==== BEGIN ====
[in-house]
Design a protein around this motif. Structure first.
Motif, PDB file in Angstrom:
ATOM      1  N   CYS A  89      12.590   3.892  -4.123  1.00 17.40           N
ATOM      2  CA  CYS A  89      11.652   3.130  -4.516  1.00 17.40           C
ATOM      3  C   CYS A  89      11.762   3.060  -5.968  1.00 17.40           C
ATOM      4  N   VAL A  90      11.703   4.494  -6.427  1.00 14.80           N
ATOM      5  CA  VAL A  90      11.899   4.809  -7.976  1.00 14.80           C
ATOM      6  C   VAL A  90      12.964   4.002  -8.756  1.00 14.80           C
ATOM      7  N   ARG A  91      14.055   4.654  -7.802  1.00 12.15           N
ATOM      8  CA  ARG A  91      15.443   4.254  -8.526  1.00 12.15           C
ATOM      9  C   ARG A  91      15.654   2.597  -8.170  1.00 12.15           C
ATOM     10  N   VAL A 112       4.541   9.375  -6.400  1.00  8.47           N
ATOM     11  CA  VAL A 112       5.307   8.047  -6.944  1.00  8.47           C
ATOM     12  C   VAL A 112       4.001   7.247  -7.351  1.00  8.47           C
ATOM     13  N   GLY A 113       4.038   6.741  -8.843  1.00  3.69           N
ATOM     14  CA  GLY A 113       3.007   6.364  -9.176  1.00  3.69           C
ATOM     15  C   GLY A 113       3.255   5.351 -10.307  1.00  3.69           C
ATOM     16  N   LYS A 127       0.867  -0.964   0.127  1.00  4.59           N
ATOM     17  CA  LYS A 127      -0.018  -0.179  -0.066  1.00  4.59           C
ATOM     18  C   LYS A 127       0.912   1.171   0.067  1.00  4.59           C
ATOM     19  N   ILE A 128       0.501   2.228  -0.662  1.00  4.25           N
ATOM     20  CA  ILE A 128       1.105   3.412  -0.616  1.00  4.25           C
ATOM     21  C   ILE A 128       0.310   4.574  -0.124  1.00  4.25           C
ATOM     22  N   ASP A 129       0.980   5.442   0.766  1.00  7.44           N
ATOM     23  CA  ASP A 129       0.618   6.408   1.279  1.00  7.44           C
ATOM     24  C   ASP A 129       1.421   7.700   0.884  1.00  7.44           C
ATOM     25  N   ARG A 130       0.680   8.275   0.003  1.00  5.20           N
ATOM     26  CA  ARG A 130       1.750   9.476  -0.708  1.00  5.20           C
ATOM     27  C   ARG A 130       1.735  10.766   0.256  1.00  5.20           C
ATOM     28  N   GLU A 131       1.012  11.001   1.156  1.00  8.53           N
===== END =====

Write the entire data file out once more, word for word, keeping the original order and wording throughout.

[in-house]
Design a protein around this motif. Structure first.
Motif, PDB file in Angstrom:
ATOM      1  N   CYS A  89      12.590   3.892  -4.123  1.00 17.40           N
ATOM      2  CA  CYS A  89      11.652   3.130  -4.516  1.00 17.40           C
ATOM      3  C   CYS A  89      11.762   3.060  -5.968  1.00 17.40           C
ATOM      4  N   VAL A  90      11.703   4.494  -6.427  1.00 14.80           N
ATOM      5  CA  VAL A  90      11.899   4.809  -7.976  1.00 14.80           C
ATOM      6  C   VAL A  90      12.964   4.002  -8.756  1.00 14.80           C
ATOM      7  N   ARG A  91      14.055   4.654  -7.802  1.00 12.15           N
ATOM      8  CA  ARG A  91      15.443   4.254  -8.526  1.00 12.15           C
ATOM      9  C   ARG A  91      15.654   2.597  -8.170  1.00 12.15           C
ATOM     10  N   VAL A 112       4.541   9.375  -6.400  1.00  8.47           N
ATOM     11  CA  VAL A 112       5.307   8.047  -6.944  1.00  8.47           C
ATOM     12  C   VAL A 112       4.001   7.247  -7.351  1.00  8.47           C
ATOM     13  N   GLY A 113       4.038   6.741  -8.843  1.00  3.69           N
ATOM     14  CA  GLY A 113       3.007   6.364  -9.176  1.00  3.69           C
ATOM     15  C   GLY A 113       3.255   5.351 -10.307  1.00  3.69           C
ATOM     16  N   LYS A 127       0.867  -0.964   0.127  1.00  4.59           N
ATOM     17  CA  LYS A 127      -0.018  -0.179  -0.066  1.00  4.59           C
ATOM     18  C   LYS A 127       0.912   1.171   0.067  1.00  4.59           C
ATOM     19  N   ILE A 128       0.501   2.228  -0.662  1.00  4.25           N
ATOM     20  CA  ILE A 128       1.105   3.412  -0.616  1.00  4.25           C
ATOM     21  C   ILE A 128       0.310   4.574  -0.124  1.00  4.25           C
ATOM     22  N   ASP A 129       0.980   5.442   0.766  1.00  7.44           N
ATOM     23  CA  ASP A 129       0.618   6.408   1.279  1.00  7.44           C
ATOM     24  C   ASP A 129       1.421   7.700   0.884  1.00  7.44           C
ATOM     25  N   ARG A 130       0.680   8.275   0.003  1.00  5.20           N
ATOM     26  CA  ARG A 130       1.750   9.476  -0.708  1.00  5.20           C
ATOM     27  C   ARG A 130       1.735  10.766   0.256  1.00  5.20           C
ATOM     28  N   GLU A 131       1.012  11.001   1.156  1.00  8.53           N